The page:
BENINDTHE SCENES CONT electro-magnetic fields. which alter according to planets' relative positions. and which affect everything on Earth. from the weather to the stock market. One of the more esoteric theories suggest that a soul chooses the time and place of its incarnation.

But one thing remains clear to all practitioners: astrology does work. ‘Sceptics tend to be people who haven’t studied it at all.‘ says Mrs Milne. "I‘hey're exhibiting a closed-mind attitude. perhaps because of fear ofwhat it may reveal. But I haven‘t worked with anyone yet who hasn't been able to recognise something useful in it. in terms of directing their energy and correcting their problems. In practical terms. it's an ideal tool for determining suitable careers.‘

So what makes a perfect astrologer? Do you have to he possessed of ESP to make sense of it all? ‘Well. there‘s a diploma course that you can take.‘ explains Mrs Milne. ‘so it's purely academic in that way. What you will find is that the intuitive people have the better interpretative skills. But we have people here who are strong in ’7 different areas.‘ 7. .

to St Stephen Street in 1987. It no acts as a base for ten consultants. , who share administrative duties ahd running costs. the latter being offsht by the unlikely sideline ofselling second-hand jazz records. I

Consultations begin at £10 for 30“ minutes. though a normal session 3 wbuld be an hour (£20) or perhaps tWo (£35). These can be geared to \ specific issues such as career. i preventative health. relationships or". spiritual guidance. There are also I workshops and correspondence courses for those wishing to investigate the techniques a bit further. Alternatively. the Centre will draw up computer charts (fill—20). based on the subject‘s time and place ofbirth. ‘The time is documented on the birth certificate in Scotland.‘ says Mrs Milne. ‘which helps us a lot.‘

For ‘SPECIFIC QUESTIONS about the IMMEDIATE FUTURE‘. the pamphlet recommends a Tarot consultation. but Mrs Milne is adamant on the subject of reading the future. ‘ASIrology teaches you that life goes in cycles.' she explains. ‘but I'm quite happy to say we haven't got to th " point where we can predict 'ev ‘nts. I think it would be too * ative for people to handle.’

\around eight years ago. and moveF

reli l. to brave the unpredictable elen ems. . A

80 The List 9 22 March I990

.e ., . - i \l\ T‘Th’eAstrology Centre was founded i

ith that I leave. feelingan uneasy

I /



.0? 77'


1! .‘o



.3 s".

‘. ‘fu 'h‘ofifi

An eye for a p


Ii guide-lines? It has been rumoured that in 1974. when the regulations were drawn up. those ruling the country from a southern aspect, were uncertain about the nature of this mutton miracle. It must be one of those eggy things covered in bread crumbs. they whispered to each other. We'llsetita120%. Despite confusion over what many natives called a mince pie. which was now legally authorised only as a Scotch pie, the 20% rule sneaked through the 1984 Food Labelling bill as well. So what makes up the other 80% ? Do you really want to know? ‘Pastry primarily. plus water and rusk filler.‘ says the PA.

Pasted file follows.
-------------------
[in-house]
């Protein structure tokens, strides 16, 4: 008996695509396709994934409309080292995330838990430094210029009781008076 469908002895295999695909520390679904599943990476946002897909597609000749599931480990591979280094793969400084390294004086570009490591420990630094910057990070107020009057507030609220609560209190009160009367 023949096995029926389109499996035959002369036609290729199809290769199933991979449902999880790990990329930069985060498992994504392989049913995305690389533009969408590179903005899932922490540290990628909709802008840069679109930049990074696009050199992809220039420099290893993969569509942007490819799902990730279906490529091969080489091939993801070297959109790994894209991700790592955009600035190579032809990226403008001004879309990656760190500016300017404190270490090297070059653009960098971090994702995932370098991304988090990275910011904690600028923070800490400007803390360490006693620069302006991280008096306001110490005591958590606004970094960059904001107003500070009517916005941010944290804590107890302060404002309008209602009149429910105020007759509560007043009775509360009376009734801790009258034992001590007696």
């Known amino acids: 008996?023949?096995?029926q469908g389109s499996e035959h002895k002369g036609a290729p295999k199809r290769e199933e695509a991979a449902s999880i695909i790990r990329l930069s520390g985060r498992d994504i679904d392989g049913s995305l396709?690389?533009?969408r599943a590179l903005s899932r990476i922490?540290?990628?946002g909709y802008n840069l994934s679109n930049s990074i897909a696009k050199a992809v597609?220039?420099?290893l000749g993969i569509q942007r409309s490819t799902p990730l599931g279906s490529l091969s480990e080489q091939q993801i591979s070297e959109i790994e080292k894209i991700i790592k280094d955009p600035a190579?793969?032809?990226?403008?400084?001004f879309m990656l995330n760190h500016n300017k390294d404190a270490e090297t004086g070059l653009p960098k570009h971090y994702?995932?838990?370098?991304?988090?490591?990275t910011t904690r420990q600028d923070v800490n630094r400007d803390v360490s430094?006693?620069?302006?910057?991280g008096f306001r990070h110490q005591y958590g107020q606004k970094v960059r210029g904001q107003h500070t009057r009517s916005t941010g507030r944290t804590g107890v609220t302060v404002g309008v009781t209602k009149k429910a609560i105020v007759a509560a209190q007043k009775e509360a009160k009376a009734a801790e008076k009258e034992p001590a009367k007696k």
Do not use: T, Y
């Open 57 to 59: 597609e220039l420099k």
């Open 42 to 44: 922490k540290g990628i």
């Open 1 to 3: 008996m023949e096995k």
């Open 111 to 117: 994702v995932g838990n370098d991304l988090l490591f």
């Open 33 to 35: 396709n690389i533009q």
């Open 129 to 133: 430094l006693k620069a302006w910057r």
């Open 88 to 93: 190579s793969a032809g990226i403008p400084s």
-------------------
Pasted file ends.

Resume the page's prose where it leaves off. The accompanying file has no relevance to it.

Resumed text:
Still. according to dictician Marion Morton. it is perfectly safe to eat a Scotch pie once a week. It is the animal fat in the pastry which is harmful. ‘The number ofcalories provided by fat for the average diet should be about 30%. but in the Scottish diet it’s more like 40%. This partly accounts for the high rate of heart attack in Scotland. The meat is good sound lamb which in the food chain is better. Ifyou want to produce a pound of beefyou‘ve got to put in a tremendous amount of grain and so on. Whereas lamb are grown on marginal mountain land in Scotland. not land which could produce more food if it was arable.‘ So fear not and eat with impunity. Out of a random selection our panel favoured the Crawford’s pie with the City Baker‘s falling in a close second. though judge for yourselves from their response.

Never mind Rothschild, we want mince pies! clamoured The List’s team ofextras as they gathered, open-beaked, for the pie-tasting.

Four and twenty pie-men regurgitate stream of consciousness tasting of the Scotch pie.

‘Most bits ofanimal are considered as meat.‘ ruminates Martin Godfrey. Public Analyst. ‘apart from what‘s known as non-permitted offal.’ In a quest to discover the secrets of the Scotch or mince pie. it seemed pertinent to look up the Public Analyst. not an extrovert psychiatrist who takes his couch to Waverley Market. nor an academic who studies national behaviour. but the man who divulges the scientifically tested contents of whatever he is given to analyse. For a fee ofcourse.

There‘s more than meets the eye lurking under the familiar pill-box lid. By a curious quirk of nature. the , cotch pie. as opposed to an

rdinary meat pie. is legally bound to

ontain 20% meat. whereas a meat (fpie must have 25%. Why. you may well ask. should two pics with ostensibly the same purpose and ingLedients. be given different



‘This the nicest looking of them.

It‘s firm but falling away at the sides. with rather pallid meat in the middle. Can you get mad sheep disease?

No. but you'll get Scrapie Bottom. Well. it’s pretty tasteless.

Yeah. it doesn‘t taste like it should taste.

What should it taste like?


It‘s a bit like bland sausage meat and nothing else.

Bland. but not too greasy.

Yeah. looks good from the outside, like a sausage roll.‘


‘It doesn’t look very appetising.

It looks gross.

And greasy.

It‘s also very, very squashy and hard to cut.

Aahh but inside it looks like real mince.

Ehm, a lot tastier but also greasier. There’s a slightly soapy taste though. Yes. definitely soapy. and too greasy.

Do you think its Slippy because of Fairy Liquid?

I think it‘s less tasty than the first. But the meat has got a little more salt and pepper in it.

This is really tasteless and very greasy.‘